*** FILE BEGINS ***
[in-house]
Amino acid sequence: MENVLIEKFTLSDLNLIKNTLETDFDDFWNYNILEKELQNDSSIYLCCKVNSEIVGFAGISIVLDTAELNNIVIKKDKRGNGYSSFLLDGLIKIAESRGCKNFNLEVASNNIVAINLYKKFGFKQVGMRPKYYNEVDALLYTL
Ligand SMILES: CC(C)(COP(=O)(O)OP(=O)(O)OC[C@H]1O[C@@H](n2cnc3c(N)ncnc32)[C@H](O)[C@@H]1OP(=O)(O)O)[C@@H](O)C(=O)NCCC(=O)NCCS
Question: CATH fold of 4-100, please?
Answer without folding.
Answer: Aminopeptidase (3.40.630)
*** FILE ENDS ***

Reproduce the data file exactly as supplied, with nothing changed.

[in-house]
Amino acid sequence: MENVLIEKFTLSDLNLIKNTLETDFDDFWNYNILEKELQNDSSIYLCCKVNSEIVGFAGISIVLDTAELNNIVIKKDKRGNGYSSFLLDGLIKIAESRGCKNFNLEVASNNIVAINLYKKFGFKQVGMRPKYYNEVDALLYTL
Ligand SMILES: CC(C)(COP(=O)(O)OP(=O)(O)OC[C@H]1O[C@@H](n2cnc3c(N)ncnc32)[C@H](O)[C@@H]1OP(=O)(O)O)[C@@H](O)C(=O)NCCC(=O)NCCS
Question: CATH fold of 4-100, please?
Answer without folding.
Answer: Aminopeptidase (3.40.630)